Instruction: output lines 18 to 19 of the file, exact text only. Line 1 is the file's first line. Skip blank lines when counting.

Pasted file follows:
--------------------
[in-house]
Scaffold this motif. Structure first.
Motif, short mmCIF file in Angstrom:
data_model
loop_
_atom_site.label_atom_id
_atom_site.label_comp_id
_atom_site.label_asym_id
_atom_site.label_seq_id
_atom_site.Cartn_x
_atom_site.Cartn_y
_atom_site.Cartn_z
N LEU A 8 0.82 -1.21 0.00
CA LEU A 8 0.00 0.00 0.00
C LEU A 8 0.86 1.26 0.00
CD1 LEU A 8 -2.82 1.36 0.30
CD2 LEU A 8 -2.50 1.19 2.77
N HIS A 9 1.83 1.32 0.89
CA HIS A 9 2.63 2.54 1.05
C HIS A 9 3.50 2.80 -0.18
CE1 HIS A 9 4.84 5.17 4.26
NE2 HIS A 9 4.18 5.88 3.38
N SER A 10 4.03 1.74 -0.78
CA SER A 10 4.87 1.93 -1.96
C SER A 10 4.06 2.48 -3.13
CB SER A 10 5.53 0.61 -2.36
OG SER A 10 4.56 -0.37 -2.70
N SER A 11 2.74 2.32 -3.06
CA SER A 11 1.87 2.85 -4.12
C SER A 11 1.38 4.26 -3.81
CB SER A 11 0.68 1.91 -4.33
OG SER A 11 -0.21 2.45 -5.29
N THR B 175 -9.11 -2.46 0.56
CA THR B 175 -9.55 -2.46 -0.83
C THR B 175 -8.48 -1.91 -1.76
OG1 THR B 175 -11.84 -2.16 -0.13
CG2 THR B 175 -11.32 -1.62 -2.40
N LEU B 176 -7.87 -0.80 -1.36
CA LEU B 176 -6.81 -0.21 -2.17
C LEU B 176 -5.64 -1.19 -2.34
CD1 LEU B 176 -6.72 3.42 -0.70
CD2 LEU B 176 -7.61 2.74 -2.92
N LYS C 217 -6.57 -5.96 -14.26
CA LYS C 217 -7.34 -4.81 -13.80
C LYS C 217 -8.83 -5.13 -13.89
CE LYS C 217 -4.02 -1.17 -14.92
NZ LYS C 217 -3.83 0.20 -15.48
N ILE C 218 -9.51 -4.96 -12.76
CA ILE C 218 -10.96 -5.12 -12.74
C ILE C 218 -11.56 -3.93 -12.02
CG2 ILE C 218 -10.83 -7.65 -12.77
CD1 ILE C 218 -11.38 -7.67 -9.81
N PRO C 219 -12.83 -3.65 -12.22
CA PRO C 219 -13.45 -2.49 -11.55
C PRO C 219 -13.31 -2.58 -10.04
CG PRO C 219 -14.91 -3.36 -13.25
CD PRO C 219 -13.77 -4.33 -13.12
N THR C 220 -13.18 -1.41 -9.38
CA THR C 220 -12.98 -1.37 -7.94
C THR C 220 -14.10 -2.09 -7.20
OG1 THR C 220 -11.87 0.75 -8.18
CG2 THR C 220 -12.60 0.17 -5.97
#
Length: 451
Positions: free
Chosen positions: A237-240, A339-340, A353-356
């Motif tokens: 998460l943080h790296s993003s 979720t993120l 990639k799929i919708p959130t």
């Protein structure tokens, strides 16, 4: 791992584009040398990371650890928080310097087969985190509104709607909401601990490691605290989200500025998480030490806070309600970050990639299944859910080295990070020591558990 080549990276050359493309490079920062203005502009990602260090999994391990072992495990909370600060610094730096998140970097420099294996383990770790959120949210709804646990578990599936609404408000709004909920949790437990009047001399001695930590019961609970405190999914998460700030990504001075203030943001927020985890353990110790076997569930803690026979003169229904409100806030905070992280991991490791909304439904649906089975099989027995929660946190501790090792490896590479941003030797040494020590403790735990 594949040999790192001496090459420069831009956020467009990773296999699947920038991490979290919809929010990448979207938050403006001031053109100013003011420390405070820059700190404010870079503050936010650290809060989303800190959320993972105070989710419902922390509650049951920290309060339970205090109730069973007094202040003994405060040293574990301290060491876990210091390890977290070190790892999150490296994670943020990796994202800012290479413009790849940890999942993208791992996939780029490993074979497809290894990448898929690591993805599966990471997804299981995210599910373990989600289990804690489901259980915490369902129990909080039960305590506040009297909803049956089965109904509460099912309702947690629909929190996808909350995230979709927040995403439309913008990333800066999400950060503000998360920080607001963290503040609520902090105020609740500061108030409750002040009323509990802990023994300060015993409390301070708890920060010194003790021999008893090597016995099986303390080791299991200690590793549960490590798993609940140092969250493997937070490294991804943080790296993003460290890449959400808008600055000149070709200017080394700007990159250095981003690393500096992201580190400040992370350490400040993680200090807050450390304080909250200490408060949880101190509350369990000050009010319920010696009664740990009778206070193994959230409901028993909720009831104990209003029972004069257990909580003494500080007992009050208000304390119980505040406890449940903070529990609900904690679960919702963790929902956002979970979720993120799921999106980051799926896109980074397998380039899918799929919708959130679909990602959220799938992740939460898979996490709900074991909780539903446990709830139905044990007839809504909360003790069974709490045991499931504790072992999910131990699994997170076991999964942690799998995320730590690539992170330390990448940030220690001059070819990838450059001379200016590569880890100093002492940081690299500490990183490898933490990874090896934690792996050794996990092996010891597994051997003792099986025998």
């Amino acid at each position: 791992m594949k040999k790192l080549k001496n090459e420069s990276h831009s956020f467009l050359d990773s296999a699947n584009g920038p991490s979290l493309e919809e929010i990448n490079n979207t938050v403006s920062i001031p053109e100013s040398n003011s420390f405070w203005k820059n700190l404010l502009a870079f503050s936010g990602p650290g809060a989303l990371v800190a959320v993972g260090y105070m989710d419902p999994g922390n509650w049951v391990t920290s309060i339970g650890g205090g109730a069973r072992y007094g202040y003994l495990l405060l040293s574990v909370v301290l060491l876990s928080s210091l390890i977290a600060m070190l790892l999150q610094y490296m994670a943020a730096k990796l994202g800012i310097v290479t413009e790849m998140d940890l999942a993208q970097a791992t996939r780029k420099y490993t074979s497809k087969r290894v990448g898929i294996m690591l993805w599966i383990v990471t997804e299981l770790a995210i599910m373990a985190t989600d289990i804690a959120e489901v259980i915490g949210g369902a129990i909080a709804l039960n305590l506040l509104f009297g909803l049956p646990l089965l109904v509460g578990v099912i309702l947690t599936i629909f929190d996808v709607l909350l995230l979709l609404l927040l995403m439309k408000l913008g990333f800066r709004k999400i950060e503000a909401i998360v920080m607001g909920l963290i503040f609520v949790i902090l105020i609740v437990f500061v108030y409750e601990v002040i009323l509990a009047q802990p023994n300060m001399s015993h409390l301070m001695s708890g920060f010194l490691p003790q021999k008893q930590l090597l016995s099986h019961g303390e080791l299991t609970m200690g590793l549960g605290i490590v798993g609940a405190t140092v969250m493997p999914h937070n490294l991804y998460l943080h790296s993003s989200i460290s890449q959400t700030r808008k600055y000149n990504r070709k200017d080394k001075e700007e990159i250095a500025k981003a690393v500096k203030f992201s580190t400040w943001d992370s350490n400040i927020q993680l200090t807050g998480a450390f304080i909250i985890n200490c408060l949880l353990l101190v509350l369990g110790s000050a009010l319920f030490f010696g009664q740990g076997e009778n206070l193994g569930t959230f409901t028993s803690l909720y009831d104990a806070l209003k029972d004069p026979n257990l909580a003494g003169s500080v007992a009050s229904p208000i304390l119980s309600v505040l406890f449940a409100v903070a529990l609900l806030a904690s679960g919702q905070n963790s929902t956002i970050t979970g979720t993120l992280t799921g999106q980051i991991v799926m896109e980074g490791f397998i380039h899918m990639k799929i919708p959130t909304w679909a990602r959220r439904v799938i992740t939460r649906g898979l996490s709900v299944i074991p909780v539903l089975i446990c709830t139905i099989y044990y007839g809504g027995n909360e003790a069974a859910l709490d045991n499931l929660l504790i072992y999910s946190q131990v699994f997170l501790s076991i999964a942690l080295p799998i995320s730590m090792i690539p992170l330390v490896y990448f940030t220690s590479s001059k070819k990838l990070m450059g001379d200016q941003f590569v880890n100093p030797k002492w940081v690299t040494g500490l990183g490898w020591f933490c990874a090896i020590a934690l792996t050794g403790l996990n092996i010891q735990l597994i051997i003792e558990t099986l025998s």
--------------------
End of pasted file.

N HIS A 9 1.83 1.32 0.89
CA HIS A 9 2.63 2.54 1.05